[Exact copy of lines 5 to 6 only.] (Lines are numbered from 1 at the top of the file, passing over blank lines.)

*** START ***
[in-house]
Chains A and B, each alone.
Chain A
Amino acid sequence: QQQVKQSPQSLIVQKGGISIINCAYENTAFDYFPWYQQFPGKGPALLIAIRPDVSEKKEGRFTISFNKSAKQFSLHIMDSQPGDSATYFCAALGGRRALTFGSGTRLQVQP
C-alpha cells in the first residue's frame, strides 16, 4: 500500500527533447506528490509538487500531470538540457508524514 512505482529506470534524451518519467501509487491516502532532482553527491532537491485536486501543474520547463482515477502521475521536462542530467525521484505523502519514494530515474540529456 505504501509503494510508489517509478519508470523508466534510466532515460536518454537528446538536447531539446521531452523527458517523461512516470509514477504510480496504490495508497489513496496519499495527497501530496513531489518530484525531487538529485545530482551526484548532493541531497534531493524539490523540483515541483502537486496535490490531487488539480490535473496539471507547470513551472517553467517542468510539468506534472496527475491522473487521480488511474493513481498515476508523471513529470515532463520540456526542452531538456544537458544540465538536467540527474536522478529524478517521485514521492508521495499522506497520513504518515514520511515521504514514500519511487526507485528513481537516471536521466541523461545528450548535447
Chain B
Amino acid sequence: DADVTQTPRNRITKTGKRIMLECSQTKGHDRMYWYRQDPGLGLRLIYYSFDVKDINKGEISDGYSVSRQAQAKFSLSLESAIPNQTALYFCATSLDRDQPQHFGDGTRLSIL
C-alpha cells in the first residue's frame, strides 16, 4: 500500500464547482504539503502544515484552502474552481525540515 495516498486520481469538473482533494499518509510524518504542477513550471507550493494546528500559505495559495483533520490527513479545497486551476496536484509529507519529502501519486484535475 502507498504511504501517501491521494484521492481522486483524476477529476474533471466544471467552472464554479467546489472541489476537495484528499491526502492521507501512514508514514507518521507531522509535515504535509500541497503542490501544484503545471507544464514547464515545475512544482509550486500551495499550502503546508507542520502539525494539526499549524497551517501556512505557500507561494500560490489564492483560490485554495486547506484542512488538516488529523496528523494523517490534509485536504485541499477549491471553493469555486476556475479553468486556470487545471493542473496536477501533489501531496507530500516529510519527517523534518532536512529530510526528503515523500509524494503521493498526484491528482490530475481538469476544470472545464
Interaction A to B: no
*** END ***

C-alpha cells in the first residue's frame, strides 16, 4: 500500500527533447506528490509538487500531470538540457508524514 512505482529506470534524451518519467501509487491516502532532482553527491532537491485536486501543474520547463482515477502521475521536462542530467525521484505523502519514494530515474540529456 505504501509503494510508489517509478519508470523508466534510466532515460536518454537528446538536447531539446521531452523527458517523461512516470509514477504510480496504490495508497489513496496519499495527497501530496513531489518530484525531487538529485545530482551526484548532493541531497534531493524539490523540483515541483502537486496535490490531487488539480490535473496539471507547470513551472517553467517542468510539468506534472496527475491522473487521480488511474493513481498515476508523471513529470515532463520540456526542452531538456544537458544540465538536467540527474536522478529524478517521485514521492508521495499522506497520513504518515514520511515521504514514500519511487526507485528513481537516471536521466541523461545528450548535447
Chain B